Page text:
Directly limbward of Grimaldi, nearly on the rim of the Orientale Basin, is a magnificent crater, usually poorly visible from Earth. Schlüter is 89 km wide with well-defined terraces and a tight central peak. A massive landslide on the north side of the crater created a large scallop on the rim. The mare patch on its floor was named Mare Hiemis by Franz, but the name was later deleted. The mare lavas cover nearly all of the northern half of the floor, but the southern side shows us what is missing: a patchwork of narrow rilles, concentric and radial to the rim. An unflooded edge of the floor at the upper left preserves rilles. On the left side of the floor, the rilles are partly visible within the mare material, but it's unclear if the lava is too thin to completely cover them or if they formed after it. Because there are few rilles exposed on the lava, I favor the first explanation. The pattern of rilles qualifies Schlüter to be a called a floor-fractured crater. The lava on the upper right side of the floor has sharp boundaries around otherwise lava-covered terrain - this looks like the lava level may have been higher and then subsided, or the terrain was uplifted after the lava was emplaced. Finally, I wonder if the crater on the southern rim formed from the impact of a single body, but its multi-level footing caused the peculiar shape? Or was it really two simulataneous impacts? How can we have so many questions about a crater we see so well?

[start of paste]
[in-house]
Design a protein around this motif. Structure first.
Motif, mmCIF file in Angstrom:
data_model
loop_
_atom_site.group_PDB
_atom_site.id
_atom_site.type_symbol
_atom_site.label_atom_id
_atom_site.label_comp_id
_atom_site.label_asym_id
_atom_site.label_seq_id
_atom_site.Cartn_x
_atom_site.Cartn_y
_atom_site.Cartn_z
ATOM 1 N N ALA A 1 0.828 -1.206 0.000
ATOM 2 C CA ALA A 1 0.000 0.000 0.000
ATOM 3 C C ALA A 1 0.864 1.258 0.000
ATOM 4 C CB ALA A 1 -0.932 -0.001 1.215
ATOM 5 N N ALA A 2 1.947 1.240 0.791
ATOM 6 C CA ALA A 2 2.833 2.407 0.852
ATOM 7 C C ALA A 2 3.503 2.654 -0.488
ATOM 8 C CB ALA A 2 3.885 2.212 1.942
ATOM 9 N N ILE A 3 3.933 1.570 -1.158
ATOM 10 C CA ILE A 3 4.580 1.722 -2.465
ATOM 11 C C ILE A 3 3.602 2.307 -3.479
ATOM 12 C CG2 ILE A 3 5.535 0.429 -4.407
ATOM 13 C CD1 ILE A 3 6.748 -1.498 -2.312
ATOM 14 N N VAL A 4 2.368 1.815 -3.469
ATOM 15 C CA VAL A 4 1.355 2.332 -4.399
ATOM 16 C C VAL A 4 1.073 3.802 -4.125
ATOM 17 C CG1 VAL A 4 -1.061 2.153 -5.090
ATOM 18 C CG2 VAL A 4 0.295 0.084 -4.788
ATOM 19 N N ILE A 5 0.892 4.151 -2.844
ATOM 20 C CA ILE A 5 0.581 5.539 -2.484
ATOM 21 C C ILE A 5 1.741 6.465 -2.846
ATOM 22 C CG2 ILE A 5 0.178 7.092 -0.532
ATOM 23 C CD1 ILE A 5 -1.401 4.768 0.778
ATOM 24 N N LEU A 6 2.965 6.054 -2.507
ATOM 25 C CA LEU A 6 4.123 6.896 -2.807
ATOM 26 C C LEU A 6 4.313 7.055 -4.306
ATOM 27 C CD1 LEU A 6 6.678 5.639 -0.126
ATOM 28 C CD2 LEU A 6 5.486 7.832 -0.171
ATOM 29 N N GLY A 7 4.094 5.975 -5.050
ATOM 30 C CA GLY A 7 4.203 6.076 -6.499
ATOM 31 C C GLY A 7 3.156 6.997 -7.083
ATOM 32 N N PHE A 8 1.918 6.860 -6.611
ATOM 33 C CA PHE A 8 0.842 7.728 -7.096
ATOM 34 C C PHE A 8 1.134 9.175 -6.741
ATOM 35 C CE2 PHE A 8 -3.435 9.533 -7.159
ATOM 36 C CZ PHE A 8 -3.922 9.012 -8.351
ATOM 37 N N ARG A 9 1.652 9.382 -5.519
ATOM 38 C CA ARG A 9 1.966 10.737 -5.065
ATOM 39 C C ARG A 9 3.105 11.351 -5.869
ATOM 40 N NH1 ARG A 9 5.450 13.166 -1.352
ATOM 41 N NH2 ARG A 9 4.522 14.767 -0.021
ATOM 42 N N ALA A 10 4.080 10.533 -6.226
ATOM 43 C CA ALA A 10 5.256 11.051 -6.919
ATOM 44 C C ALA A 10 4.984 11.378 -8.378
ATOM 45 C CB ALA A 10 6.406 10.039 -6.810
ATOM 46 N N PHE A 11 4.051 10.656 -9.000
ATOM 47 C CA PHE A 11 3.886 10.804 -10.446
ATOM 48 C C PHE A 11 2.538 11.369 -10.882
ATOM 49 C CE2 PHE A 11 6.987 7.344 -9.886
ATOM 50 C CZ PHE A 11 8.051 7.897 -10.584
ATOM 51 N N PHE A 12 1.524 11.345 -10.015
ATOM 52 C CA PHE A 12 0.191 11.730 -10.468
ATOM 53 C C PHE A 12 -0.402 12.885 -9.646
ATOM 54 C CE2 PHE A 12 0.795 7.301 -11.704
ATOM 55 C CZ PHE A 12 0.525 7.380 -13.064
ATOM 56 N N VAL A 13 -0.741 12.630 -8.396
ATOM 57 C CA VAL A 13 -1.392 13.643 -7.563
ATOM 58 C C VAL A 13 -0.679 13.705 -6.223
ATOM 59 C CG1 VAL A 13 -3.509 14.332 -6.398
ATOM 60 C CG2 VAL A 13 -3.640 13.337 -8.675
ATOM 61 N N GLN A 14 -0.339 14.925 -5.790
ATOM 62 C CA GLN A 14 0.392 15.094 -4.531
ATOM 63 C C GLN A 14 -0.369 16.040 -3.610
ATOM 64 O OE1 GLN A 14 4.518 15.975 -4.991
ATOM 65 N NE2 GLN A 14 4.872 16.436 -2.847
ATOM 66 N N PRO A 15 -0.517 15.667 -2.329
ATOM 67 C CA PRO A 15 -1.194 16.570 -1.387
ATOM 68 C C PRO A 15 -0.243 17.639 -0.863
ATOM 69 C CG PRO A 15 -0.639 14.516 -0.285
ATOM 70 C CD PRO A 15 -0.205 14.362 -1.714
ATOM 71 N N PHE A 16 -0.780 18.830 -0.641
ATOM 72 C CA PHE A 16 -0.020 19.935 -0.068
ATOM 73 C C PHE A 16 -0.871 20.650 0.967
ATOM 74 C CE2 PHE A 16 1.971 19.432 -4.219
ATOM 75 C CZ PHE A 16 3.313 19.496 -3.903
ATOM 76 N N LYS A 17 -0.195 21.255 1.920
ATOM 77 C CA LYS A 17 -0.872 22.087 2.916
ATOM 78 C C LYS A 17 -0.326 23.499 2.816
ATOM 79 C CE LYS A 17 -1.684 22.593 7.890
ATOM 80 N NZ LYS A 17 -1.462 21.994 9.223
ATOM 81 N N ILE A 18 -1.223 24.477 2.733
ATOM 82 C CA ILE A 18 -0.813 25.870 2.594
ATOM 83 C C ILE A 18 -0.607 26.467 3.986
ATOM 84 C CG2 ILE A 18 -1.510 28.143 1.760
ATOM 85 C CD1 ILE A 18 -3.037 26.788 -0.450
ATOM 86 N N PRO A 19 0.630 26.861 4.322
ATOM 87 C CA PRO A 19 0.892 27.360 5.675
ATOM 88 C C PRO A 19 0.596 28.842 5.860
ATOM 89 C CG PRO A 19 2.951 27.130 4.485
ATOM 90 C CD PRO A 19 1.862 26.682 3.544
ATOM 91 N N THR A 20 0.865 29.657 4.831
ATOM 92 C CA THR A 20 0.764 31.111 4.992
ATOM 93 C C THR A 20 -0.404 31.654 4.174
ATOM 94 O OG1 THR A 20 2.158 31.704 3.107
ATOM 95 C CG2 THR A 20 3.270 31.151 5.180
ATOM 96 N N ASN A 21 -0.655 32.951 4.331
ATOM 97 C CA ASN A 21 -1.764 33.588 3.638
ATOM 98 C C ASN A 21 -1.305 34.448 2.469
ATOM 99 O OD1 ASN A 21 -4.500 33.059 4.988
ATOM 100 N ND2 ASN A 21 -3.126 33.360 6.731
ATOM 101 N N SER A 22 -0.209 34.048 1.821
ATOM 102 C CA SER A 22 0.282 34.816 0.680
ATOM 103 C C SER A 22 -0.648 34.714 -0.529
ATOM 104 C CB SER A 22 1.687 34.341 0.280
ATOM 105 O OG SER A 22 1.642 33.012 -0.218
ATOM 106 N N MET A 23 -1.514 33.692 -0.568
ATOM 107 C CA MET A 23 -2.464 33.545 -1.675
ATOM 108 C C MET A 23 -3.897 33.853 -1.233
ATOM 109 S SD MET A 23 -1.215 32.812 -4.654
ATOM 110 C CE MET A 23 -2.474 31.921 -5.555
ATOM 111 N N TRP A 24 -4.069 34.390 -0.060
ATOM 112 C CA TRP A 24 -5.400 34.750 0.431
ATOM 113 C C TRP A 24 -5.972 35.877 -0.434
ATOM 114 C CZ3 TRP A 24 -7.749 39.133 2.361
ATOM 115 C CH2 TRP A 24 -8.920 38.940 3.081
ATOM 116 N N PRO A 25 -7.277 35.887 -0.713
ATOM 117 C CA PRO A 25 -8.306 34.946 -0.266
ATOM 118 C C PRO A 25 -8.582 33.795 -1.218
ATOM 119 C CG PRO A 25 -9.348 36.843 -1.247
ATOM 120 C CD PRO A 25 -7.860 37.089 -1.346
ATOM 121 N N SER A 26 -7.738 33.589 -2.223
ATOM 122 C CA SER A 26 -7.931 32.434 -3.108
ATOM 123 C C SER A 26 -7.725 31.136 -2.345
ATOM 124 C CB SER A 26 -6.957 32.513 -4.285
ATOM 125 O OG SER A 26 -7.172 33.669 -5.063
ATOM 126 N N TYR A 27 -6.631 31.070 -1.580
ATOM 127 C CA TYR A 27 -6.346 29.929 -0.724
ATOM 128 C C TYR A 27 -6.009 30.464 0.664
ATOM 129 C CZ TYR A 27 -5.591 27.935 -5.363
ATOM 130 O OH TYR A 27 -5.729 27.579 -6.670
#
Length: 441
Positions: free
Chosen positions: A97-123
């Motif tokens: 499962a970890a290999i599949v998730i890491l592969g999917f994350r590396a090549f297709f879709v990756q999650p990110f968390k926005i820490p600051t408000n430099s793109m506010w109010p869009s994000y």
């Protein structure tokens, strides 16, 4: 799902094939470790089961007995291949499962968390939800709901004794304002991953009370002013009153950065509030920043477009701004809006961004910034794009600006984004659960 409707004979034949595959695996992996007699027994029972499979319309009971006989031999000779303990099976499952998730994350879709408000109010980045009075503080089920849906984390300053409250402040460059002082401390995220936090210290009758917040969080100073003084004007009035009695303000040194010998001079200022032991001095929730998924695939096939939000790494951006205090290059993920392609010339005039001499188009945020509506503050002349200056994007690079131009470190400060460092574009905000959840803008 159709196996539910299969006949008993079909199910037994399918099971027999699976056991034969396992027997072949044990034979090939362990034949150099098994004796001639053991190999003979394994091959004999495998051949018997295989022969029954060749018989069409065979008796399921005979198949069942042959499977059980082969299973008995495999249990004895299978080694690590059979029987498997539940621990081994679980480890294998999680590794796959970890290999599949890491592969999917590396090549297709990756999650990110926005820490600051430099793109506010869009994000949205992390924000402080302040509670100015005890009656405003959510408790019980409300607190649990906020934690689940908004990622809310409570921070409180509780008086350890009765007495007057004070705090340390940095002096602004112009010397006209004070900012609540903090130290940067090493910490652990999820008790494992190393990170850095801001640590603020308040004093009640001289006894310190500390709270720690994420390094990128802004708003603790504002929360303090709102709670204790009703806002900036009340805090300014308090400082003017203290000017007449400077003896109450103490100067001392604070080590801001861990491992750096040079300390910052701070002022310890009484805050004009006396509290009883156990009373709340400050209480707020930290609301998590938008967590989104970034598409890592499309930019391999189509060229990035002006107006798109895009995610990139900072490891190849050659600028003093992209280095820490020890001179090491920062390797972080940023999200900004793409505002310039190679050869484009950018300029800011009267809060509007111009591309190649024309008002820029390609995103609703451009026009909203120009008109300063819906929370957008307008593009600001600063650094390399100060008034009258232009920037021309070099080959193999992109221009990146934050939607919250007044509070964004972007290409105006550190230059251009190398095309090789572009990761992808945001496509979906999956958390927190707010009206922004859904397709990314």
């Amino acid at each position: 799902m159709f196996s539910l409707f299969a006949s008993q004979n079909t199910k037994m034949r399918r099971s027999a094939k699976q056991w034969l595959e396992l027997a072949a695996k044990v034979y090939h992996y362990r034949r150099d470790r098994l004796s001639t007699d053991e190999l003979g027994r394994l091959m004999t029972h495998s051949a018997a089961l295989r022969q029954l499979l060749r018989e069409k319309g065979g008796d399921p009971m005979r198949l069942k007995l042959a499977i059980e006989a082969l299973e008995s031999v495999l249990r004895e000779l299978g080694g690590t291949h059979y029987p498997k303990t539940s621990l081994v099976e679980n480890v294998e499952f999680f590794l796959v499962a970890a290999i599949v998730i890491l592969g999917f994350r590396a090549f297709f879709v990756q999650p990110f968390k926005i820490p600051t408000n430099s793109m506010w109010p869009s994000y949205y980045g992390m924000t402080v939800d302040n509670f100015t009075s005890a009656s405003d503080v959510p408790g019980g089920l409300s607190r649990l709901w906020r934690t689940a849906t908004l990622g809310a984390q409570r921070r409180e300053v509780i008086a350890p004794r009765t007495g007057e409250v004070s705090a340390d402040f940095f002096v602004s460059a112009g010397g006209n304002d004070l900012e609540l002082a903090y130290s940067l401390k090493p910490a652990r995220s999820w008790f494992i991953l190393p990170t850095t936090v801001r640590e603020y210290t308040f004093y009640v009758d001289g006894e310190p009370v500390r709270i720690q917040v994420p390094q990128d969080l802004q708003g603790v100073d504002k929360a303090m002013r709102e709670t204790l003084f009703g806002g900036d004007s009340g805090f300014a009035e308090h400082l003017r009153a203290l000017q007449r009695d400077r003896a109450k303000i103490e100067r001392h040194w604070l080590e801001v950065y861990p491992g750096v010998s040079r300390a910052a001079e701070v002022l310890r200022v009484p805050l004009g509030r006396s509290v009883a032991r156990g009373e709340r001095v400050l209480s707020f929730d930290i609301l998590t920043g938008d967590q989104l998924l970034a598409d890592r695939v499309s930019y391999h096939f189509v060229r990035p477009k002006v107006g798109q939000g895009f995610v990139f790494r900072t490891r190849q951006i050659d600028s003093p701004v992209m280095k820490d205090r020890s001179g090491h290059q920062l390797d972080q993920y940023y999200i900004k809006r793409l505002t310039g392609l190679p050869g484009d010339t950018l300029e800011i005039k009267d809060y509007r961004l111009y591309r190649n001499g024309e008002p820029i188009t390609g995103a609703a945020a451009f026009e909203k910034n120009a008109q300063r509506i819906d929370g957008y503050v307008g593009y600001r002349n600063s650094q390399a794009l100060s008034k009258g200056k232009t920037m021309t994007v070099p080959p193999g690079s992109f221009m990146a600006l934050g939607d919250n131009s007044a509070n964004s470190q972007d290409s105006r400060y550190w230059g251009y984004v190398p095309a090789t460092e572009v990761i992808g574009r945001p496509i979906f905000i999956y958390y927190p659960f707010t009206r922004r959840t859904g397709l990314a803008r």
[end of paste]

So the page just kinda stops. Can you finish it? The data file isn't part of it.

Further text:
Lunar Orbiter IV image 4181 h3.
Yesterday's LPOD: Splotches and Mounds
Tomorrow's LPOD: The Deep South